Iran has seen the lowest turnout in a parliamentary election since the 1979 revolution, with 42.6% of eligible voters casting their ballots.
Officials had banned more than 16,000 contenders, many of them reformers.
Hardliners are set for big gains in the first vote since US sanctions resumed.
Supreme Leader Ayatollah Ali Khamenei described Friday’s turnout as stunning, as he said Iran’s enemies had tried to put people off voting by exaggerating the coronavirus outbreak.
“This negative propaganda about the virus began a couple of months ago and grew larger ahead of the election,” he said, according to his official website Khamenei.ir.
“Their media did not miss the tiniest opportunity for dissuading Iranian voters and resorting to the excuse of disease and the virus.”
Meanwhile the outbreak has worsened, with 43 confirmed cases and eight deaths.
Schools, universities and cultural centres across 14 provinces have been closed. Iraq, Pakistan, and Turkey have closed their borders with Iran, and Afghanistan has suspended air and road travel to and from Iran.
What do the results show?
Interior Minister Abdolreza Rahmani Fazli said the low turnout was “completely acceptable” after Iran experienced a coronavirus outbreak, bad weather and recent protests as well as the shooting down of a Ukrainian passenger plane in January.
He said the turnout in Tehran was just 25.4%, with conservatives loyal to Ayatollah Khamenei winning all 30 seats in the capital.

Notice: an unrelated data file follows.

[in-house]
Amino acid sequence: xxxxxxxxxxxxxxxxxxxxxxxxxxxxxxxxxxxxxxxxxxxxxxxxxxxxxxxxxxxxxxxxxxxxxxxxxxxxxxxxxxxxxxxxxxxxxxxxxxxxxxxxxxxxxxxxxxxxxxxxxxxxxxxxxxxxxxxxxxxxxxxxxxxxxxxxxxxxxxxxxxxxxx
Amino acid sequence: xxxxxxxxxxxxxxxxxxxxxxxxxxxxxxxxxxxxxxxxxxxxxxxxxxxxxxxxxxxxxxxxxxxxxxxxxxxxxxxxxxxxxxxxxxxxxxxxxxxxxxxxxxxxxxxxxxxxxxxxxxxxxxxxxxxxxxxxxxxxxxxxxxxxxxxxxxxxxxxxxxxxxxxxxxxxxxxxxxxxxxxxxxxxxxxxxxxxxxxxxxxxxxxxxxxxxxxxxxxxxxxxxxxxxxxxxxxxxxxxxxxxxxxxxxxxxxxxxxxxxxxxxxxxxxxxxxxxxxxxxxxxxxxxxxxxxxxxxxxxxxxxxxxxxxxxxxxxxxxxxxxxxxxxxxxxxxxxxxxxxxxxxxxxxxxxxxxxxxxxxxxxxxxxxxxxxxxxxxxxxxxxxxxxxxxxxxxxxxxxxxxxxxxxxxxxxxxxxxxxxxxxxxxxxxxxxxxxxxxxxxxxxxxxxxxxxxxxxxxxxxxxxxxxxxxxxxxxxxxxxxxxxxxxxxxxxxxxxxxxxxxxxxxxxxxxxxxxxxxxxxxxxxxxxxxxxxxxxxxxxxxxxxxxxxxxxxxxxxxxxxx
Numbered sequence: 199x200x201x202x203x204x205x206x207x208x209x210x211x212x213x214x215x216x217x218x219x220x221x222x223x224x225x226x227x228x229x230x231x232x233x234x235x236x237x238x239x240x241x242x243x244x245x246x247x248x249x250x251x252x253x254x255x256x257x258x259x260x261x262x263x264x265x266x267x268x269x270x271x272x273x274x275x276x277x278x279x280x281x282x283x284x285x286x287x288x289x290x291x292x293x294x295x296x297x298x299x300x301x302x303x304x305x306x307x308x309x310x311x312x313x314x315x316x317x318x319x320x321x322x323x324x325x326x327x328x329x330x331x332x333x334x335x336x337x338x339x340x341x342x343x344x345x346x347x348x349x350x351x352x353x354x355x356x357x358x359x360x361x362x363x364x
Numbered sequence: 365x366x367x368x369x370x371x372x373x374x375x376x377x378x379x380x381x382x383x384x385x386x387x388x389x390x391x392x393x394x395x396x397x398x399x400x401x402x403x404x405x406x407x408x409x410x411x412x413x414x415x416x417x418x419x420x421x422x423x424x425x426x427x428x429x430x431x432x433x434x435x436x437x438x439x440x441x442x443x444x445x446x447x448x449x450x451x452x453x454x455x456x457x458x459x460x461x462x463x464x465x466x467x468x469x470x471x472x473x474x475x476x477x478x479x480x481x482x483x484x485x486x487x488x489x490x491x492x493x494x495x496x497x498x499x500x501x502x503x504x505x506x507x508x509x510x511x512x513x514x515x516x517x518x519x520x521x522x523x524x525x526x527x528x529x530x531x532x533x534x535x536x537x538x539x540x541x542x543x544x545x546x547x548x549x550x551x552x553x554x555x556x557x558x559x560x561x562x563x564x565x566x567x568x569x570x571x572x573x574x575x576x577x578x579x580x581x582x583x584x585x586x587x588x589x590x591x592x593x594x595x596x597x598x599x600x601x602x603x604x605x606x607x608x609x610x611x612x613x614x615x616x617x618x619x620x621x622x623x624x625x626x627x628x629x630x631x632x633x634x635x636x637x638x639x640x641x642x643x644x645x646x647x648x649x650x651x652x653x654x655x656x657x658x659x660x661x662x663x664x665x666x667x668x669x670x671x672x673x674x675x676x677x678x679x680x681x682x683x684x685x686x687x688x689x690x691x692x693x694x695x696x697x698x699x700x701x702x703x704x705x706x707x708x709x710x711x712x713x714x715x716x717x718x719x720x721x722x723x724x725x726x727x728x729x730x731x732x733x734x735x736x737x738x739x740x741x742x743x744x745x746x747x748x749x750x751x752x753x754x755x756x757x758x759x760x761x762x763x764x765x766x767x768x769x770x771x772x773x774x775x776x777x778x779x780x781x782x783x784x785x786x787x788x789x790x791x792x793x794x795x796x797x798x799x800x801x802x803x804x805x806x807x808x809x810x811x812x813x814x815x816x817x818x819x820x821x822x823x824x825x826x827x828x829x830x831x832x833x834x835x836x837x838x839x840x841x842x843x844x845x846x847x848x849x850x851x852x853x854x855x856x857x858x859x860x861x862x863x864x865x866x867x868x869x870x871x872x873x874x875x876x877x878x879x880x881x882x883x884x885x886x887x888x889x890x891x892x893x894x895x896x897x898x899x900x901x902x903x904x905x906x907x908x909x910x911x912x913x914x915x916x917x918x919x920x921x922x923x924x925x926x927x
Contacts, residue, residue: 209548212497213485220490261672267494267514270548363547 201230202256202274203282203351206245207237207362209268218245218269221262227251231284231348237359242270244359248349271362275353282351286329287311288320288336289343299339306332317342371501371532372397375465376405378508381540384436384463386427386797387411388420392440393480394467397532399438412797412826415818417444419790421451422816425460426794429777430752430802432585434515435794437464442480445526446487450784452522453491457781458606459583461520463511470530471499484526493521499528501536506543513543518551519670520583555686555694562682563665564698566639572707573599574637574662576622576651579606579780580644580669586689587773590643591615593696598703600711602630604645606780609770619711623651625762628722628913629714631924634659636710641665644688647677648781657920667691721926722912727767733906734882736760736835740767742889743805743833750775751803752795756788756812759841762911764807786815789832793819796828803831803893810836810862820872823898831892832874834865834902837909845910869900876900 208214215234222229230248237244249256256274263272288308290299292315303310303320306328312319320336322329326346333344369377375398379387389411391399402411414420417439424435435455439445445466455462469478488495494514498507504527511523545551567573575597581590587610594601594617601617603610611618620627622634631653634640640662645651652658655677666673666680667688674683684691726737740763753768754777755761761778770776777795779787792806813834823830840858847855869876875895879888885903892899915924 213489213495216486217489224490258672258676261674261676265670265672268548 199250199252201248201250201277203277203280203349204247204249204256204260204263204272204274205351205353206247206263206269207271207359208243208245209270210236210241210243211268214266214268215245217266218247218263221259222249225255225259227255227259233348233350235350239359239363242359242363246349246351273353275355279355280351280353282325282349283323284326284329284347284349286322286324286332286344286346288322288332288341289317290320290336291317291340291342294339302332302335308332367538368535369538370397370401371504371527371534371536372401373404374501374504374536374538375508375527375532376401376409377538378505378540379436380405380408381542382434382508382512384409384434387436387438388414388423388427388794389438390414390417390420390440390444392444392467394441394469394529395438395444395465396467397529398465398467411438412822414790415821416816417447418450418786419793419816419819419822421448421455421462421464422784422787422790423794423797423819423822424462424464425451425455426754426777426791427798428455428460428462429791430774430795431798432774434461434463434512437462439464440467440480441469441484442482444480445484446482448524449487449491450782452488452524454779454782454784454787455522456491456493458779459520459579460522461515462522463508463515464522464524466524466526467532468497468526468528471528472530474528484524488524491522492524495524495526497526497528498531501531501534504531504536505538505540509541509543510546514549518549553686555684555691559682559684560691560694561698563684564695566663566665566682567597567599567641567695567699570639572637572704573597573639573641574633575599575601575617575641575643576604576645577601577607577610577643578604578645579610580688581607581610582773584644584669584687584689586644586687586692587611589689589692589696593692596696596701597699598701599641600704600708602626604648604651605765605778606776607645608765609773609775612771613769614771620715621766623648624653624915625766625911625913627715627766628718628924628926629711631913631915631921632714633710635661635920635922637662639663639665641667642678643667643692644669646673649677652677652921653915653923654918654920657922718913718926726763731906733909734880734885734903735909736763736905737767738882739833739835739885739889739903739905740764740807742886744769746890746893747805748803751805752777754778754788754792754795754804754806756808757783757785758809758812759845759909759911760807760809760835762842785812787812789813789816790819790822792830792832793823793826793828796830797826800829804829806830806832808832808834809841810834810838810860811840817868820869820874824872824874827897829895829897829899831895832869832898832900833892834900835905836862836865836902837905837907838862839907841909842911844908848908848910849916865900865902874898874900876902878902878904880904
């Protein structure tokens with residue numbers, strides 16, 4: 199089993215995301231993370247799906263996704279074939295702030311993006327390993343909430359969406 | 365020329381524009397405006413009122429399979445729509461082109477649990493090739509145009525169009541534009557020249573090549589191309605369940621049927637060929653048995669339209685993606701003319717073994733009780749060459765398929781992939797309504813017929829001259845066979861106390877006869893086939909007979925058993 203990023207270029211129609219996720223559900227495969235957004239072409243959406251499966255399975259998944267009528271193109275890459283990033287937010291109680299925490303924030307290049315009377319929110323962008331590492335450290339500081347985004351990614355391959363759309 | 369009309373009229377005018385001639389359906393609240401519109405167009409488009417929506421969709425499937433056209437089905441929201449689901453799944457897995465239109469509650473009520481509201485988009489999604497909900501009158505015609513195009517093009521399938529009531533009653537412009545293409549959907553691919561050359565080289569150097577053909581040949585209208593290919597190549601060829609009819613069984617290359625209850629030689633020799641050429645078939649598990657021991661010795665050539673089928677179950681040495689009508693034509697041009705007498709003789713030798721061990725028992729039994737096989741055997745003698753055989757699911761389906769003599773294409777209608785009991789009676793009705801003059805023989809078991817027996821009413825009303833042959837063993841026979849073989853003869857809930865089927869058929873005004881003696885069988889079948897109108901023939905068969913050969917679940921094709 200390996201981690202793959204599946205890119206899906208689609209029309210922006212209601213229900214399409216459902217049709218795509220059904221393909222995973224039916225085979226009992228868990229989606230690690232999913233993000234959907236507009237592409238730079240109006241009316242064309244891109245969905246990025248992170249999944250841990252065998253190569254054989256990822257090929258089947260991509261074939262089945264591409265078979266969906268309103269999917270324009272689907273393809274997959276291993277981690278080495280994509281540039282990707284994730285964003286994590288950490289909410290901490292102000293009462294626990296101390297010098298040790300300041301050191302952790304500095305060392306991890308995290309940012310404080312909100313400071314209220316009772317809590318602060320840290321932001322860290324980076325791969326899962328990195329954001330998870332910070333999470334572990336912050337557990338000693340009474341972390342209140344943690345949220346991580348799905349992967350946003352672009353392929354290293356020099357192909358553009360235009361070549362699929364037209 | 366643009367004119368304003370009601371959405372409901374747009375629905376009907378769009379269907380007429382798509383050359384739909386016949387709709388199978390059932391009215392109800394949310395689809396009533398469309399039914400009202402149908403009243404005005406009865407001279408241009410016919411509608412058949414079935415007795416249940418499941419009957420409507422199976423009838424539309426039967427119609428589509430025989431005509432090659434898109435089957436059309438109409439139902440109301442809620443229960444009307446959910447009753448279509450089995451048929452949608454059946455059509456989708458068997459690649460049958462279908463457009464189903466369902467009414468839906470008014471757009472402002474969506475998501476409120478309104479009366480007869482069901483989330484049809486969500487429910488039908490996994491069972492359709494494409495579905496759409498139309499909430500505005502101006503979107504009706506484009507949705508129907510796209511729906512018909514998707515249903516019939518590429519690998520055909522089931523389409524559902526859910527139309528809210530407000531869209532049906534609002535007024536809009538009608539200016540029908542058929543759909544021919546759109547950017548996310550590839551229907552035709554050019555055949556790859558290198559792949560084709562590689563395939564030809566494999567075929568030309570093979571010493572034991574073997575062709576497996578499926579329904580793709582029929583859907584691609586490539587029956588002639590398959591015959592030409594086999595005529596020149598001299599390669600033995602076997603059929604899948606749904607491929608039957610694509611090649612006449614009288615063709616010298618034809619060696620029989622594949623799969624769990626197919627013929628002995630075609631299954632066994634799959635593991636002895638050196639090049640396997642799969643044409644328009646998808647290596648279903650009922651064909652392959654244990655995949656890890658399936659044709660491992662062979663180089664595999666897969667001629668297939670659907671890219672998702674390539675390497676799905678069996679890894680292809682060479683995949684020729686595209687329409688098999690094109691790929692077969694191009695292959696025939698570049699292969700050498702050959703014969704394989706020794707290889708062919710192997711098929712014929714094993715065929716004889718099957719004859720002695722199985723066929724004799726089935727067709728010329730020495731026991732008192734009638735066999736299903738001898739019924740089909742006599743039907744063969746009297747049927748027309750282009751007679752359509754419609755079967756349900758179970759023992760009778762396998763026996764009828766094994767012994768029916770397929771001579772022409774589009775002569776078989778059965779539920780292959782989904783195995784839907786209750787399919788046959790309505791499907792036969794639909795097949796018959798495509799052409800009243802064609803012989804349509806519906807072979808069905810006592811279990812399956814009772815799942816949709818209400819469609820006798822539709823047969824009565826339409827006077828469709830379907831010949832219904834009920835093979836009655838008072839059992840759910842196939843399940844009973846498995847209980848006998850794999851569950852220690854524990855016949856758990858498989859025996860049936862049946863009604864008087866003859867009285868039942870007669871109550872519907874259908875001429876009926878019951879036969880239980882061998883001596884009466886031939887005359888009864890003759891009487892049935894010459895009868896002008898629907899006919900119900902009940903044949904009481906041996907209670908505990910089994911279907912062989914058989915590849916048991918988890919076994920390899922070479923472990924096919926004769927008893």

Former Revolutionary Guards commander Mohammad Bagher Qalibaf topped the list, and is expected to become the next parliamentary speaker.
Although vote counting is still going on in some cities, that success is expected to be repeated throughout the country. The conservatives already have enough seats to form a majority in the 290-seat chamber.
The outcome will politically weaken President Hassan Rouhani, a relative moderate.
More than 16,000 contenders – including 90 mostly reformist members of the current Majlis – were disqualified from standing by the Guardian Council, a vetting committee loyal to Mr Khamenei.
Critics of Iran’s rulers had called on citizens to boycott the polls as a way of showing their opposition to what they say is widespread repression of human rights and intolerance of dissent.
What is the background to these elections?
The poll is the first since the US renewed sanctions over Iran’s nuclear programme, battering its economy.
The Islamic republic has been at loggerheads with the US and much of the West since a revolution in 1979 brought a radical Shia Muslim leadership to power.
Mr Khamenei said voting in the parliamentary elections was a “religious duty” which would show steadfastness in the face of US efforts to isolate and pressurise the country into changing.
Tensions between Iran and the US have soared since 2018 when President Donald Trump abandoned a multi-country agreement, which lifted sanctions in exchange for curbs on Iran’s nuclear programme.
Foreign powers had suspected Iran of seeking to develop nuclear weapons, although Iran insists its nuclear activities are for purely peaceful purposes.
Divisions over the elections have become increasingly crystallised on social media, with Iranians expressing pro- and anti-government positions.
Recent crackdowns on anti-government protesters have also deepened opposition to the ruling classes.